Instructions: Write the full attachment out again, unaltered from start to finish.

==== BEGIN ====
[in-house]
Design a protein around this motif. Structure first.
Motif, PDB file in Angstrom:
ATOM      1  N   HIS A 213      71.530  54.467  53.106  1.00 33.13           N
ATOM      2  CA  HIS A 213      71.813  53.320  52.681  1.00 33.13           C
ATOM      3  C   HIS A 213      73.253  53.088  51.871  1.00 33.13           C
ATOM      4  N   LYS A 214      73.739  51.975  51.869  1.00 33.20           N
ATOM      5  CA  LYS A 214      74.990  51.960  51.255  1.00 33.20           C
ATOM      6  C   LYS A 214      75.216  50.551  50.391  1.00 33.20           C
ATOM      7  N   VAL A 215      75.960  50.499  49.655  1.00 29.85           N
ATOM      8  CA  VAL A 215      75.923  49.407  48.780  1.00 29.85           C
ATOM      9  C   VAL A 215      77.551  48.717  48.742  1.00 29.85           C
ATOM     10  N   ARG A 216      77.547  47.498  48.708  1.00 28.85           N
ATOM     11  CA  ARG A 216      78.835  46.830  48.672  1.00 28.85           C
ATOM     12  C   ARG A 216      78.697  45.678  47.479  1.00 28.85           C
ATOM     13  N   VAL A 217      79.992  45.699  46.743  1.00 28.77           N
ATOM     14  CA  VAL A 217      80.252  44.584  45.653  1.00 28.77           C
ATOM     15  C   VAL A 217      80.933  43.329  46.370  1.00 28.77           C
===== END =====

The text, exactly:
[in-house]
Design a protein around this motif. Structure first.
Motif, PDB file in Angstrom:
ATOM      1  N   HIS A 213      71.530  54.467  53.106  1.00 33.13           N
ATOM      2  CA  HIS A 213      71.813  53.320  52.681  1.00 33.13           C
ATOM      3  C   HIS A 213      73.253  53.088  51.871  1.00 33.13           C
ATOM      4  N   LYS A 214      73.739  51.975  51.869  1.00 33.20           N
ATOM      5  CA  LYS A 214      74.990  51.960  51.255  1.00 33.20           C
ATOM      6  C   LYS A 214      75.216  50.551  50.391  1.00 33.20           C
ATOM      7  N   VAL A 215      75.960  50.499  49.655  1.00 29.85           N
ATOM      8  CA  VAL A 215      75.923  49.407  48.780  1.00 29.85           C
ATOM      9  C   VAL A 215      77.551  48.717  48.742  1.00 29.85           C
ATOM     10  N   ARG A 216      77.547  47.498  48.708  1.00 28.85           N
ATOM     11  CA  ARG A 216      78.835  46.830  48.672  1.00 28.85           C
ATOM     12  C   ARG A 216      78.697  45.678  47.479  1.00 28.85           C
ATOM     13  N   VAL A 217      79.992  45.699  46.743  1.00 28.77           N
ATOM     14  CA  VAL A 217      80.252  44.584  45.653  1.00 28.77           C
ATOM     15  C   VAL A 217      80.933  43.329  46.370  1.00 28.77           C